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How woke is your wardrobe

How woke is your wardrobe

As the year draws to a close, it’s only natural that we reflect on the buzzwords that stole the sartorial show.

This year’s most-used words reflect fashion’s transition into its most progressive and politically-minded sphere to date, with words like “power” and “woke” taking the top two spots consecutively.

Compiled by global fashion search platform Lyst, the list was generated by analysing more than 30,000 articles from 100 different online fashion and lifestyle publications.

While there were some generic inclusions, such as “floral” and “statement”, the prevailing theme of this year's list was that vociferous social awareness has never been more in vogue.

The idea of fashion being “woke” could be attributed to Maria Grazia Chiuri’s debut collection for Dior, which included the now iconic “We Should All Be Feminists” T-shirt that so many high street brands have recreated.

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Luxururious winter skin products

Luxururious winter skin products

Your skin hates winter. It hates dry air, central heating, the alcohol you swill at festive parties and the icy walk home, too. The joy of this is, though, that you can enjoy the luxury of an old-fashioned face cream, morning and night, along with a little massage of your favourite oil. It’s a chance to feel like you’re feeding your skin, nursing it back to the glossy glow you have evidence of in selfies from June.

Floral dressing in the cold months has been made easier with the arrival of the winter floral print in every high street near you. A winter floral – you’ve seen it, even if you didn’t know the name – is a pale, spriggy flower against a dark background. Which isn’t, the observant among you may well have noticed, the kind of floral I’m wearing in the picture to the right promoting the wearing of florals in winter. Because as discussed, why be obvious?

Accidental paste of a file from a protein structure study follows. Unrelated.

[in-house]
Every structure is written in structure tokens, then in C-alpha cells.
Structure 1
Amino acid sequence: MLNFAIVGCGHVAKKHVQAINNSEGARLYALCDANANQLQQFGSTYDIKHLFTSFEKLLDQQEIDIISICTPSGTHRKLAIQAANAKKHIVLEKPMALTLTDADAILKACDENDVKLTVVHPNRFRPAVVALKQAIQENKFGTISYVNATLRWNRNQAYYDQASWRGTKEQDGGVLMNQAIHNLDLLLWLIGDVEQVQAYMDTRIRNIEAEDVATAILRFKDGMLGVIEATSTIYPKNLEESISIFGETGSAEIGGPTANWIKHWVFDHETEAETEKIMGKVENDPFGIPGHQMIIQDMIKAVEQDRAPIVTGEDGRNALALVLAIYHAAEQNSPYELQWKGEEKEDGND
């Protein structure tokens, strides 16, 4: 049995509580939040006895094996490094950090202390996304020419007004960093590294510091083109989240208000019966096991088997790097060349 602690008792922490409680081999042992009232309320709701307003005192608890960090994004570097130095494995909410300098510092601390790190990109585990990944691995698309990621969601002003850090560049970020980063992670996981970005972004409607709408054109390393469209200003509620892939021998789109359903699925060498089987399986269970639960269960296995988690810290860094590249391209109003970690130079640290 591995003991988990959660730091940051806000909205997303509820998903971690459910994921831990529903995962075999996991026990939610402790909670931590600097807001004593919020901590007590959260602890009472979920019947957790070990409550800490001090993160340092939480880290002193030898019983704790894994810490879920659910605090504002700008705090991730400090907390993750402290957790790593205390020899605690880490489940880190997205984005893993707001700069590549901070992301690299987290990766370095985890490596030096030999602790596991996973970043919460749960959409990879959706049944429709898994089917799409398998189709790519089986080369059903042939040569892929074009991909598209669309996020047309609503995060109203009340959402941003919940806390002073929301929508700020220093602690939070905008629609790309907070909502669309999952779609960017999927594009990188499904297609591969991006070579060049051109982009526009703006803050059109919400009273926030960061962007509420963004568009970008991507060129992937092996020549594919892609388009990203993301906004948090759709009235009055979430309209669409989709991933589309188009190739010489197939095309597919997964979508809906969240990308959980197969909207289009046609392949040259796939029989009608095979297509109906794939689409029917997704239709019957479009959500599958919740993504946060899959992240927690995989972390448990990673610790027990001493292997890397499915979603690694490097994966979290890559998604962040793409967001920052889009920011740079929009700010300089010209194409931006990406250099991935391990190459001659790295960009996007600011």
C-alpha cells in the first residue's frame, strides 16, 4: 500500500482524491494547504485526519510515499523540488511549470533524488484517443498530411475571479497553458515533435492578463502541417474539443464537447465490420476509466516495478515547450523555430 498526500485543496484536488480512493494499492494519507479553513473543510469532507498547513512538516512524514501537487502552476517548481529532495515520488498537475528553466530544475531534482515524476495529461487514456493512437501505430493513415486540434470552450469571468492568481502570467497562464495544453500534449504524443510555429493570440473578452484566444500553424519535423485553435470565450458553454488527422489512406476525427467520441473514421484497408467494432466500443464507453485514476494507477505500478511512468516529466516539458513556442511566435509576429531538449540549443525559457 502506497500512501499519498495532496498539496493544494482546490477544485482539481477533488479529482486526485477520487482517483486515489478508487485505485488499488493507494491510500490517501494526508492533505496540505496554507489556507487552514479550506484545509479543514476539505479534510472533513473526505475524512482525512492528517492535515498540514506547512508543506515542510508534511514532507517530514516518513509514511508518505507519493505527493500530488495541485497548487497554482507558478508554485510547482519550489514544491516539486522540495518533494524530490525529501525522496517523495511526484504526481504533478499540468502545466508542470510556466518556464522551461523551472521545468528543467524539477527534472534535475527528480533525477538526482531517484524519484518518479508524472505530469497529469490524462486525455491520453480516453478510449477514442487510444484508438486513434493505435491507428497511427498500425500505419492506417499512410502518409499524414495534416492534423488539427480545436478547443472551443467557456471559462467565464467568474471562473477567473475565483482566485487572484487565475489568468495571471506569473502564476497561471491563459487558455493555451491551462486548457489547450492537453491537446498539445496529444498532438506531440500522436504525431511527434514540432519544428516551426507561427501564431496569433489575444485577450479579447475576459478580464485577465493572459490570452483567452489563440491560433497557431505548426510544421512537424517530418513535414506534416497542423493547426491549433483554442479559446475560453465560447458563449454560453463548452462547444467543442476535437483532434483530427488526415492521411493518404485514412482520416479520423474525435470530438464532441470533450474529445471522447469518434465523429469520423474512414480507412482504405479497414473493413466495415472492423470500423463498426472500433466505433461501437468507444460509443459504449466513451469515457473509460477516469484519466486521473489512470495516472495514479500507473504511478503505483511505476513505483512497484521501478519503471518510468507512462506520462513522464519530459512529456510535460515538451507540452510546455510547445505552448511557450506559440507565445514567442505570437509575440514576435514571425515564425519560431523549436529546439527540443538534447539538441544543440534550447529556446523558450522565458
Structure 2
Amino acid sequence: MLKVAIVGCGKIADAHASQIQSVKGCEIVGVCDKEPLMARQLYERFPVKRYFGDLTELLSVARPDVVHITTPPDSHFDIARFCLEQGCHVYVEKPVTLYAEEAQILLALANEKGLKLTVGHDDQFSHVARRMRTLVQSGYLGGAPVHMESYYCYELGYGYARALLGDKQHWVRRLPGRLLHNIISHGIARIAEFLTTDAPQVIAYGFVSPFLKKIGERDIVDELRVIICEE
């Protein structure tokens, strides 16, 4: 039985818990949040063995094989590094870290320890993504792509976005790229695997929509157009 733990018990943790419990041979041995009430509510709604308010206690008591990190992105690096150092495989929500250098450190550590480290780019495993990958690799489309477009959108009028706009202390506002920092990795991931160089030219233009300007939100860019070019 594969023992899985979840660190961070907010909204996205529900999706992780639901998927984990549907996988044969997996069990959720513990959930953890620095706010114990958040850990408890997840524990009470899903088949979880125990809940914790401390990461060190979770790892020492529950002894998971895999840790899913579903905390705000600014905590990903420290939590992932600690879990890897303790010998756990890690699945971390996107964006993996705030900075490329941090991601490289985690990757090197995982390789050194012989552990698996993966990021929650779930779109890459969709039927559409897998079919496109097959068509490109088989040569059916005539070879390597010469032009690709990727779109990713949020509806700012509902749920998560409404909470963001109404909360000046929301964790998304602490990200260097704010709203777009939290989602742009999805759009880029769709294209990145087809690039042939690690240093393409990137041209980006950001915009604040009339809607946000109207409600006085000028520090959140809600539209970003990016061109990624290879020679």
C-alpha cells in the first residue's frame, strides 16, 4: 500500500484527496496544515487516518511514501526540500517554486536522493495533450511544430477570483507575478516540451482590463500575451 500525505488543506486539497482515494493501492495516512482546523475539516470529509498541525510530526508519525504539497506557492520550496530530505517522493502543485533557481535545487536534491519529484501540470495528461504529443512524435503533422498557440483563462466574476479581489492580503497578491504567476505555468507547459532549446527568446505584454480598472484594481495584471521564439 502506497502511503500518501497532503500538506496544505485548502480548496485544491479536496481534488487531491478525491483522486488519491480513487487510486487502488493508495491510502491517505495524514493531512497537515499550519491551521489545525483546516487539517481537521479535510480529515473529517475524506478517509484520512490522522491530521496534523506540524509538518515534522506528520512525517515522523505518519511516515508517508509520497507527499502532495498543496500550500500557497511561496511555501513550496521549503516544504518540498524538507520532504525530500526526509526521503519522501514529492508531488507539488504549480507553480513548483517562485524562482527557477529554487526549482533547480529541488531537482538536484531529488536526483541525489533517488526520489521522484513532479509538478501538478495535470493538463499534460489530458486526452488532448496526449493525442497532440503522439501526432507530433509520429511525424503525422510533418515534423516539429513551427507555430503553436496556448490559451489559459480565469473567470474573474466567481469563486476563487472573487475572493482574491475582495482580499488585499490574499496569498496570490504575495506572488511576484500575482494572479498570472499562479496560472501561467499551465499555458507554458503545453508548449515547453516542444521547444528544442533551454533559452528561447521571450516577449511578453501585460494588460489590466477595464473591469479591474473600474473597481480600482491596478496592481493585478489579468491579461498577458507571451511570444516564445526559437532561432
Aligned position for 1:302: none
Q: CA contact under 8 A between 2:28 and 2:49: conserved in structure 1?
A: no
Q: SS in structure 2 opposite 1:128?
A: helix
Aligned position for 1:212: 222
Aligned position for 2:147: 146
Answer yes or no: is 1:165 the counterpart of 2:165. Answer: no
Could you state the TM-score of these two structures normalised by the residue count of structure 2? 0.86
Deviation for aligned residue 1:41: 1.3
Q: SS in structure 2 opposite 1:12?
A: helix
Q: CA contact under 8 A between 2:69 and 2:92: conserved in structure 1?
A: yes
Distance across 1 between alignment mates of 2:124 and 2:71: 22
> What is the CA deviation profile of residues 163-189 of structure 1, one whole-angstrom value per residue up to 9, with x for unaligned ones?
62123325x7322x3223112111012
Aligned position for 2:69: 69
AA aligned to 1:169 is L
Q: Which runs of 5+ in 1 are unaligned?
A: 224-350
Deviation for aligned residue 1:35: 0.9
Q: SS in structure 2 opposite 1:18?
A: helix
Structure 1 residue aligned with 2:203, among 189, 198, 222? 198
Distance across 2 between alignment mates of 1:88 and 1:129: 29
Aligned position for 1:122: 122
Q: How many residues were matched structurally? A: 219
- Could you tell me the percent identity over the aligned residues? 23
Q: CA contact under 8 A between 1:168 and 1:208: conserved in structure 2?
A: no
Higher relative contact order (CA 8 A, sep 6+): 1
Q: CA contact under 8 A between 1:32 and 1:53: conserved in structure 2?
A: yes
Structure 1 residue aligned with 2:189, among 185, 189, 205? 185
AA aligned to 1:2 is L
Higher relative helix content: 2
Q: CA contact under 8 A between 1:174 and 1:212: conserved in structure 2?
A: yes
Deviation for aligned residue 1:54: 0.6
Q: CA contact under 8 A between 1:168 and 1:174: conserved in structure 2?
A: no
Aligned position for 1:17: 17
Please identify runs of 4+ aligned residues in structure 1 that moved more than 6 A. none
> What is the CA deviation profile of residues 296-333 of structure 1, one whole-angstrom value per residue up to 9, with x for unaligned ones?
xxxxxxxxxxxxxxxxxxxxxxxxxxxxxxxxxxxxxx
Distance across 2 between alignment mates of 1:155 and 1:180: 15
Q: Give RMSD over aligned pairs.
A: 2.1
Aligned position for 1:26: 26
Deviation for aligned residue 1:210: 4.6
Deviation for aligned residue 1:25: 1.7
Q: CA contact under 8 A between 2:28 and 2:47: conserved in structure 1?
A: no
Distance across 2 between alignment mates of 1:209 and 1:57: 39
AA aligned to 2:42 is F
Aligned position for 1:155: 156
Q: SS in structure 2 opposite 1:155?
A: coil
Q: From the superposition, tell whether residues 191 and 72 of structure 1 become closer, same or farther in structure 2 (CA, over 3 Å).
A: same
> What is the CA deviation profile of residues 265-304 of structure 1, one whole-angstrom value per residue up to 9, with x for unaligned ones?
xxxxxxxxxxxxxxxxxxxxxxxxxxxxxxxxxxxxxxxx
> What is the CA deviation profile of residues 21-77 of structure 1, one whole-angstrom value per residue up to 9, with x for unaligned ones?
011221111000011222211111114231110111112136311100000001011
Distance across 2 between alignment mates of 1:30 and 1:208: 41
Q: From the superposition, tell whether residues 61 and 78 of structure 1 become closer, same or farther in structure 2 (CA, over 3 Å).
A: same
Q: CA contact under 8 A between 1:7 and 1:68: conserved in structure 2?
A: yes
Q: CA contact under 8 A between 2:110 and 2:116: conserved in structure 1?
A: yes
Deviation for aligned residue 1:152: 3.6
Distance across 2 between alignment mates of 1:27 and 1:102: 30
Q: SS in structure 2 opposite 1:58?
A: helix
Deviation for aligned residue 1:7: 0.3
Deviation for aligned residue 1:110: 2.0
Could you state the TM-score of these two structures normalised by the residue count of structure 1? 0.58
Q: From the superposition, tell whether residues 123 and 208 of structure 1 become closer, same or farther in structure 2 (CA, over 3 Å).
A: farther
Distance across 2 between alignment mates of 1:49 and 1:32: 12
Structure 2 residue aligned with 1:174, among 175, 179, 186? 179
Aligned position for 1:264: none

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Fashion books that offer more than good looks

Fashion books that offer more than good looks

fashion books usually appeal to the eye with zippy photographs, playful illustrations, arresting typefaces. But the best of them will offer something for the head and heart — a surprising point of view, thoughtful essays, a distinctive style — that makes the experience memorable. Consider these three new books: “John Galliano Unseen” (Yale University Press, $60) by Robert Fairer; “Food in Vogue” (Abrams, $75), edited by Taylor Antrim; and “Items: Is Fashion Modern?” (The Museum of Modern Art, $45) by Paola Antonelli and Michelle Millar Fisher.

Visuals — big, bold, almost impossibly saturated with color and often witty as hell — bring a delicious bite to “Food in Vogue,” a look at the fashion magazine’s approach to food over the decades. It’s an attitude best described as totemic rather than home ec/useful — and that’s the fun of it. I mean, who knew frozen vegetables could look so good? Well, Irving Penn did — and the proof is the very first photo, his, in the book.

Whether it’s “Chicken in Heels” from Helmut Newton in 2003 or a Eric Boman’s plush toy bunny climbing into a stewpot for 2014’s “Hop to It,” these images speak to something more elegant, exotic, urgently elemental than the usual what’s-for-dinner ho-hum. The photos are arranged in an order clearly meant to surprise and, perhaps, shock. The emotional zing is compounded by the oversized (10-by-13.4-inch) format that allows the images to practically leap from the page.

Adding to the appeal is a collection of food-themed articles and essays, notably from Jeffrey Steingarten, Vogue’s much-lauded food columnist.

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